Let me preface this post by saying I LOVE MY PA14, I wouldn't trade it for any other yak/small boat out there!
So on one of my last trips out I got caught in some very snotty conditions in which capsizing any kayak would be a real possibility. In the past weeks I have purchased some safety items like a PFD I will actually wear, a hand bilge pump, plugs for the rod holders, I built a heavy duty strap to right the kayak if overturned. The next step is to go out and practice self rescuing. So this brings me to the point of my post. The front hatch seems like an egregious weak point. I am just trying to think about worst case scenario. I want to do everything I can to make sure If the boat flips, it's not going to rapidly fill up with water.
I decided to remove the hatch liner. First of all, it does not seat against the trim seal. Secondly, I want to try and keep the water out of the hatch entirely. Removing the hatch liner seems to help. So I tried a piece of closed cell foam I had in the form of a yoga mat that fit the bill in terms of consistency and the like. After applying 3m High Strength 90 per the directions, it didn't stick. The adhesive stuck like hell to the polyethylene of the boat but not to the neoprene or whatever the mat was made out of. So now I have all this extremely tacky adhesive I must remove. I am ordering some POLYETHYLENE foam, it stuck to the kayak it should stick to foam made of the same material, shame on me I suppose.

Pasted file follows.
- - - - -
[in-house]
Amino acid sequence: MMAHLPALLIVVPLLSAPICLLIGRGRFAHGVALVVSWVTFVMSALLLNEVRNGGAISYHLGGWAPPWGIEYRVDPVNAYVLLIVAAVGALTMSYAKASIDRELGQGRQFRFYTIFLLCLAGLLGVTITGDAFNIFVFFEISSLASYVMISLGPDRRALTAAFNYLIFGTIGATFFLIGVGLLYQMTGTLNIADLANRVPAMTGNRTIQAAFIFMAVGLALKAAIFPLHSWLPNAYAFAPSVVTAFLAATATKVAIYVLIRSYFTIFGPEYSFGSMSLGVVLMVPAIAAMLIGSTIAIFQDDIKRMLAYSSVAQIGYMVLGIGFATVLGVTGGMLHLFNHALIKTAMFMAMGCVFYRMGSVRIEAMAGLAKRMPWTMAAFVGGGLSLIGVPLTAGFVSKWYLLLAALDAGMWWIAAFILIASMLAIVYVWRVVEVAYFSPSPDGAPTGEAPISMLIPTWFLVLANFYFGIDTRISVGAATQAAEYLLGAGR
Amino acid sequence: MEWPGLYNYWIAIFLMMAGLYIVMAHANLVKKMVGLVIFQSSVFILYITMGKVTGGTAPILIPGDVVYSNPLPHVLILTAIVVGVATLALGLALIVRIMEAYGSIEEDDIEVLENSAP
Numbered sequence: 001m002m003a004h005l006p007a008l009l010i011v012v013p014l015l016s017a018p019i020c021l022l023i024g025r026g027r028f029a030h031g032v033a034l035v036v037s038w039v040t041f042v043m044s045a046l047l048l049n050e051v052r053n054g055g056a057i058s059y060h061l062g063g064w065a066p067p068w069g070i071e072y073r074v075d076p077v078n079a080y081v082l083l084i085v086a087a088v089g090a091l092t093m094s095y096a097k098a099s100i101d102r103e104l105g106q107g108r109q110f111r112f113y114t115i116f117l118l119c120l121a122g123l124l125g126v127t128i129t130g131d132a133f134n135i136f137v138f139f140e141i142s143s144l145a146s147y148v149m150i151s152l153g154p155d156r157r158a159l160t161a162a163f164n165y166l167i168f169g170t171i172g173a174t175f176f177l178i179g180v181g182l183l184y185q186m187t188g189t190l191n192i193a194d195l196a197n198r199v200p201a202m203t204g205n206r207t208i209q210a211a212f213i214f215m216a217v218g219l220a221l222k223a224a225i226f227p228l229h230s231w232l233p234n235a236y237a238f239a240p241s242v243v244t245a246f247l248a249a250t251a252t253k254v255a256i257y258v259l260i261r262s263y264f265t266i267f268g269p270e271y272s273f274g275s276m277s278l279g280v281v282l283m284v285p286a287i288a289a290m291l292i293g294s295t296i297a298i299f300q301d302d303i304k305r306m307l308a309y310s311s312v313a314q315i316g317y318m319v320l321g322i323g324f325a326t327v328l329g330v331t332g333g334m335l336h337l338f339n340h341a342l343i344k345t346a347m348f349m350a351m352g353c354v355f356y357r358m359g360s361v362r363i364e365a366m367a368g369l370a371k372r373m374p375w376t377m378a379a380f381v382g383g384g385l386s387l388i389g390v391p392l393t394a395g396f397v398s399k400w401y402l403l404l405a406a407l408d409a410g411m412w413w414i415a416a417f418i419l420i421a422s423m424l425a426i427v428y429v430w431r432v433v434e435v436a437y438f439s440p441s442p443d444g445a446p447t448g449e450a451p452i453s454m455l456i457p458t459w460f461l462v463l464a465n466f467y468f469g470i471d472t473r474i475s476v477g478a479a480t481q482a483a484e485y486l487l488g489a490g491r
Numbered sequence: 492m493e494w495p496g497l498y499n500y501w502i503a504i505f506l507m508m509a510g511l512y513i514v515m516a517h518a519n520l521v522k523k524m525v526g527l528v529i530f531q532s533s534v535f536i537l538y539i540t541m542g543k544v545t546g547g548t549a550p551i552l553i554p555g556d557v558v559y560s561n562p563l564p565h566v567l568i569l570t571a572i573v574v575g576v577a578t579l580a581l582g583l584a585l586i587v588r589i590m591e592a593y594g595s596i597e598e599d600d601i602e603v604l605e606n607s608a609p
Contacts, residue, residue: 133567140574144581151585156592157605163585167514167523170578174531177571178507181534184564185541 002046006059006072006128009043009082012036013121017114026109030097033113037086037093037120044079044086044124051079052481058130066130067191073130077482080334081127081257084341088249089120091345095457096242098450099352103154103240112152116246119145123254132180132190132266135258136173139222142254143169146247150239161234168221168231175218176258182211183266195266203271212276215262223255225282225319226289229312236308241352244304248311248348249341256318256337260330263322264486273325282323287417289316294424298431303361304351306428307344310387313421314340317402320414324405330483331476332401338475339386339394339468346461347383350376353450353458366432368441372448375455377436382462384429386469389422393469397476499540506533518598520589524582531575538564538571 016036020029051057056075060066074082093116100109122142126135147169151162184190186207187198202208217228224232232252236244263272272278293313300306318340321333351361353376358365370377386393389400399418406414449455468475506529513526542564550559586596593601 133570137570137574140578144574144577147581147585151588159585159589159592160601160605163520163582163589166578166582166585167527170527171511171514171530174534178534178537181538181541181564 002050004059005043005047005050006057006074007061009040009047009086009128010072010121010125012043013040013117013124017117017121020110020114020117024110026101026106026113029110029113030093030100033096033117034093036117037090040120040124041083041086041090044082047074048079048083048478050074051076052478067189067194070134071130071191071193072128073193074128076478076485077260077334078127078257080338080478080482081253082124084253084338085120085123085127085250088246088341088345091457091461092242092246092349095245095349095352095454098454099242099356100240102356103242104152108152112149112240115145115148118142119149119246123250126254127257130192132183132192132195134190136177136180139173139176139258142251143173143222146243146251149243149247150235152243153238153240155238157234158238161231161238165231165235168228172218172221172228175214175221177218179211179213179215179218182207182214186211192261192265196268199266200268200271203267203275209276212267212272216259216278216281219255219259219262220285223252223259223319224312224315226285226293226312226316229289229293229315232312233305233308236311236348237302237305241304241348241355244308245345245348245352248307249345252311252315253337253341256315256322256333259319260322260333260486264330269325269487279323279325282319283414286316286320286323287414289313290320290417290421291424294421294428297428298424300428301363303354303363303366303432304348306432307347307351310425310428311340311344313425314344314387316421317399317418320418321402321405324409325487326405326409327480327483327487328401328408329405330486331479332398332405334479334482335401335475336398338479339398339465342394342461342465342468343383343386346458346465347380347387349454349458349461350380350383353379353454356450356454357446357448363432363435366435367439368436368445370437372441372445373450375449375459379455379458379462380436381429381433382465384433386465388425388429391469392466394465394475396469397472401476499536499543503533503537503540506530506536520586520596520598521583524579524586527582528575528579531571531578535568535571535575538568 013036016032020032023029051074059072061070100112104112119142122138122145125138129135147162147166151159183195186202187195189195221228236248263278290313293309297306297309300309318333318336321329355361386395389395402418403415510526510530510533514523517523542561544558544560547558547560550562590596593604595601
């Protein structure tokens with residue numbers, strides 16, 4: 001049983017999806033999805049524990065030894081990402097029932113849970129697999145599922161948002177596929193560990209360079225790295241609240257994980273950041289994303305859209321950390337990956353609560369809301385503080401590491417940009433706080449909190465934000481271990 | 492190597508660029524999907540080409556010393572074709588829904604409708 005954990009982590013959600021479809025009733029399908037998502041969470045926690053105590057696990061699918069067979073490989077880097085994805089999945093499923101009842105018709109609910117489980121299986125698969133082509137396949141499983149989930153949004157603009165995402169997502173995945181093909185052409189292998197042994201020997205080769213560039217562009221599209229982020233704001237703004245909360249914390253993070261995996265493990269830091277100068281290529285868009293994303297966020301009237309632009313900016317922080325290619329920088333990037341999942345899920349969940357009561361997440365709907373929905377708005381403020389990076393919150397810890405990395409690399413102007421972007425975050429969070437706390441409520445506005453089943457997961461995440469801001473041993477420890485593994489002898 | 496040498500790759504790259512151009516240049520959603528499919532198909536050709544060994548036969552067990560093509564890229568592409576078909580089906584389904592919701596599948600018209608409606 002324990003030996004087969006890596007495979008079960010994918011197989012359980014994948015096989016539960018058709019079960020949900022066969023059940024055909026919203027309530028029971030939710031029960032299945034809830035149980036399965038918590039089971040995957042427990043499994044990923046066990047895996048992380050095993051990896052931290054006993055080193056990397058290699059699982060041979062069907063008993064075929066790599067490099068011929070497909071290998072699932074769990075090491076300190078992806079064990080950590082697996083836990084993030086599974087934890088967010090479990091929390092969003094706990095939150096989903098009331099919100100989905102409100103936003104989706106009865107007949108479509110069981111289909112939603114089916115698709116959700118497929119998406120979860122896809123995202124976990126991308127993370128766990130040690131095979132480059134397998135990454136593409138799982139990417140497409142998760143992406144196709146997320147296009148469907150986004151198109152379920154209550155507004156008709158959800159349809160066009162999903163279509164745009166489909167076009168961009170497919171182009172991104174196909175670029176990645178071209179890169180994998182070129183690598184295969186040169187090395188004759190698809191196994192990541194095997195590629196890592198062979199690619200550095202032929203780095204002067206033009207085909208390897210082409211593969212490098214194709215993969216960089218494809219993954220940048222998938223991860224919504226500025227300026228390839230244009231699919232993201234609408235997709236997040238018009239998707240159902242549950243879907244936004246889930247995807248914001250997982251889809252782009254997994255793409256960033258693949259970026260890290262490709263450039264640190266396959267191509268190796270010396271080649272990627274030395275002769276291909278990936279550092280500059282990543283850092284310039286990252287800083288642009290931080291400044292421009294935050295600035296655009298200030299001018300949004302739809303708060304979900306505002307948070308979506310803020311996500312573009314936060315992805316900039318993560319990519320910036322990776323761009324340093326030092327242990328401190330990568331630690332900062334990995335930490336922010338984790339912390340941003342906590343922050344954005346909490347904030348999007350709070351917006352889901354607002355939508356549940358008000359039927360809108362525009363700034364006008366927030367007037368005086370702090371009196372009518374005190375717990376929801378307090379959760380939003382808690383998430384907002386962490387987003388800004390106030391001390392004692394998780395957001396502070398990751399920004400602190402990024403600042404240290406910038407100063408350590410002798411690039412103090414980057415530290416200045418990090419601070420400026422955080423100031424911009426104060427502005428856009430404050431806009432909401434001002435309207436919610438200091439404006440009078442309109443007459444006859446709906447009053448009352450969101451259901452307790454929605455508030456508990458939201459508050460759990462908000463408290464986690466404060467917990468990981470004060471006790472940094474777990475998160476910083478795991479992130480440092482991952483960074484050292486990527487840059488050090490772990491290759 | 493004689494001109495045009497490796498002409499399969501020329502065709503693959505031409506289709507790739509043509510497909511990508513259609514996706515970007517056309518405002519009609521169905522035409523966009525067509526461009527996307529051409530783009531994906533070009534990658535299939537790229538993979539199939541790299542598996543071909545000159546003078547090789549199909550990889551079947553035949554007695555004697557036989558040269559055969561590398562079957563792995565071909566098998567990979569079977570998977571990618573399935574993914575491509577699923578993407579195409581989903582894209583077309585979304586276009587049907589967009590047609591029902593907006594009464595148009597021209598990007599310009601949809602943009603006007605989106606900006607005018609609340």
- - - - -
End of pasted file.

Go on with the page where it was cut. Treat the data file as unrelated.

HOWEVER!!!!! My point in all of this is in all the FANTASTIC engineering that went into this boat, this cannot be improved? I have been racking my brain about this and several different things have occurred to me that hobie could do from the factory that would dramatically improve this issue. I am not going to lie, it is a bit mind blowing that it hasn't been redesigned in the 6 years since the boats release. If a gasket of closed cell foam seems to be an effective fix, why doesn't Hobie just do that? They can experiment with the best material, the best thickness, the right adhesive etc. I understand, it's a huge hatch that they want to maintain easy access a too. I don't expect the thing to be waterTIGHT, but it could be a heck of lot better than it is. Again, I can think of several things that would not affect the functionality of the hatch itself;
1. Add closed cell foam gasket from factory, or as aftermarket kit.
2. Redesign the lid to where there is a groove that can accept the trim seal solidly. Perhaps create a recessed lip for hatch liner to sit in.
3. Make the front hatch lid from a rubber material more similar to Old Towns lids. A solid rubber gasket and seal could be formed into the edge of the sold polyethylene lid. The out 1" of so of the top of the lid going down to the edge could be a rubber material that is fused into the lid itself. It might even look cool too to have that black rubber lip around it.
These are just a few things that my red neck engineering mentality came up with. I am sure Hobie engineers could come up with something rock solid. It would be really awesome if they could make something that could retrofit into older models. I dunno, there is surprisingly little information on this topic on the web. Hobie seems like they really listen to their customer base and make improvements on their boats. This is something that this boat recieves a lot of criticism on and I think it could be dramatically improved without sacrificing nearly anything at all.